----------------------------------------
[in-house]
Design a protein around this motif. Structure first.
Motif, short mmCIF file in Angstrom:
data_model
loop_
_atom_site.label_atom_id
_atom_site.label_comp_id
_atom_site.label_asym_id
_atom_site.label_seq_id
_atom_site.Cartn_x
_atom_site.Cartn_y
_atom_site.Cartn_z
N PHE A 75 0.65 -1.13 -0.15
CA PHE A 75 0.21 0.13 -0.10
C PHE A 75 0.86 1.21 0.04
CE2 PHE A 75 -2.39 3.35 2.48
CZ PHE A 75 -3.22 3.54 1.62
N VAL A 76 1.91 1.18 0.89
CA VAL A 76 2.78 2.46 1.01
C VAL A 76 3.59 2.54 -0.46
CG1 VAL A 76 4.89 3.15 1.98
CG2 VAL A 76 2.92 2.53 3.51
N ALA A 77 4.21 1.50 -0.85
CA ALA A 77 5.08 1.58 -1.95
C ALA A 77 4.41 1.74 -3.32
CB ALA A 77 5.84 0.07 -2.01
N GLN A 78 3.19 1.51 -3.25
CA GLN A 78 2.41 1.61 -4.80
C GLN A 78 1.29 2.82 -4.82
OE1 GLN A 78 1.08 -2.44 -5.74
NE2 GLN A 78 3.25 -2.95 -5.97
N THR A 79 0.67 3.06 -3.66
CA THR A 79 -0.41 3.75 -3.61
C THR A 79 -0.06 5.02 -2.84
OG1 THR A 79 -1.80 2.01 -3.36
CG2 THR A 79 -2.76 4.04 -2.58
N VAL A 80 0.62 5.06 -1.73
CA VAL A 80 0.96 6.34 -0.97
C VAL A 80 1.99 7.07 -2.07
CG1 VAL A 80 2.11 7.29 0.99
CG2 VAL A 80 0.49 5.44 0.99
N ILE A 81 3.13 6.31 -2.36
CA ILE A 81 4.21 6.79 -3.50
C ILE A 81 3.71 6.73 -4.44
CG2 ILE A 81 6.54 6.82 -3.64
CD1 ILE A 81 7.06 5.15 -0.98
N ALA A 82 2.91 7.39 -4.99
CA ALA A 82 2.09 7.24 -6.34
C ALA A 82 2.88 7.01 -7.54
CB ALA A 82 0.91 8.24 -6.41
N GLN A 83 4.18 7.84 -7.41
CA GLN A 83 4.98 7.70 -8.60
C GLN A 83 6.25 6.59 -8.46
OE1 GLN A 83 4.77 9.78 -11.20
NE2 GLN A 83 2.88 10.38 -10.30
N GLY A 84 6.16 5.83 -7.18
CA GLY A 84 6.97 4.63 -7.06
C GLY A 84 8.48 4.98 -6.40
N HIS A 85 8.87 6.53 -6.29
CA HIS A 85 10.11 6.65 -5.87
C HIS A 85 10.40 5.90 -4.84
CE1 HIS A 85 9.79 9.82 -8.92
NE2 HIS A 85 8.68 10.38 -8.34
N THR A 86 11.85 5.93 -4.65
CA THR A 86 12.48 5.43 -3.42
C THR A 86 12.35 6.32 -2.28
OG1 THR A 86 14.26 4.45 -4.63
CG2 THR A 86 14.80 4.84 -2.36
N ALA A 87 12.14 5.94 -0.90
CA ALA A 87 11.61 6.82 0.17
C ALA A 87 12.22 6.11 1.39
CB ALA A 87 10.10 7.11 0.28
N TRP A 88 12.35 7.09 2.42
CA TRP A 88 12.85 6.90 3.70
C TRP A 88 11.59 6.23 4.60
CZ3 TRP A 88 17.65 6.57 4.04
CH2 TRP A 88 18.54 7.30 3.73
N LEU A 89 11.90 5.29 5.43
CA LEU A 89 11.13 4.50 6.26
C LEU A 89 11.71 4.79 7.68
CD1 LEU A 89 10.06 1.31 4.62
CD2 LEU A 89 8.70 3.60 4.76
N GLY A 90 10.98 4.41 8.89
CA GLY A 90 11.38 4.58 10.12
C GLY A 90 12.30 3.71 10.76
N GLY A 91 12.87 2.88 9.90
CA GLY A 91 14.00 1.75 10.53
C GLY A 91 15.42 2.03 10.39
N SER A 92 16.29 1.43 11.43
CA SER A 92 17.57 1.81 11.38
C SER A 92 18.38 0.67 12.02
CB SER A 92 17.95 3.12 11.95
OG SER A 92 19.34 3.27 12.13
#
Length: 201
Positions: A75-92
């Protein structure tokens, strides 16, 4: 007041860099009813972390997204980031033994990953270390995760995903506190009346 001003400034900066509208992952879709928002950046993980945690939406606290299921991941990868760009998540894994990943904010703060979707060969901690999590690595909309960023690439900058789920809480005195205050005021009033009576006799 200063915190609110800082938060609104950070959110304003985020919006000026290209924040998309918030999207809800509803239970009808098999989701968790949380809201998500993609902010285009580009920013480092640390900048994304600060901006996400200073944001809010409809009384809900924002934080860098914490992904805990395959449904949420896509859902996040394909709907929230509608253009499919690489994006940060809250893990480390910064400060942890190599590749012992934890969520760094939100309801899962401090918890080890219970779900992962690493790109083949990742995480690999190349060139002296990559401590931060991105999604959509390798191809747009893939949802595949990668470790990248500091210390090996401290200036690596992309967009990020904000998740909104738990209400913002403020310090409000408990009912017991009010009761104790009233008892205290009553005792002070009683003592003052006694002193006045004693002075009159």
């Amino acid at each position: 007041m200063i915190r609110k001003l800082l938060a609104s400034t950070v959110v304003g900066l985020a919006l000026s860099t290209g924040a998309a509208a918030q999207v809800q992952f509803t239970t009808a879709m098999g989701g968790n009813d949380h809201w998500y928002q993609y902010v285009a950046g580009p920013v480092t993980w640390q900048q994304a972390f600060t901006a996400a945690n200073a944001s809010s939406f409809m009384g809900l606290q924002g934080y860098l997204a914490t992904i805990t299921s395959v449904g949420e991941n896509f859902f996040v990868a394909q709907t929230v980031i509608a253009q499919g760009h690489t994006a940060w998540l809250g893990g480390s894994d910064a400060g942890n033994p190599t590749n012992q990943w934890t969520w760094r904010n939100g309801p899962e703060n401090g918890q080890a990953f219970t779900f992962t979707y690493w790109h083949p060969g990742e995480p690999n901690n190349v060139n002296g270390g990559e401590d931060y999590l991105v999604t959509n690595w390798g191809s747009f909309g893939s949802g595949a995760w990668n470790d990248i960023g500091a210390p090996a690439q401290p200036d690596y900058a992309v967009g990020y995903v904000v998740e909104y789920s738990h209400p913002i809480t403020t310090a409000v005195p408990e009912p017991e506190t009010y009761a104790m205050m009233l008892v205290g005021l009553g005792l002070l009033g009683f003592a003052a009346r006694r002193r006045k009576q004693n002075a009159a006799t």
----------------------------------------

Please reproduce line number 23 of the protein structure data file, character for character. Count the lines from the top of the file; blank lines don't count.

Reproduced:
N ALA A 77 4.21 1.50 -0.85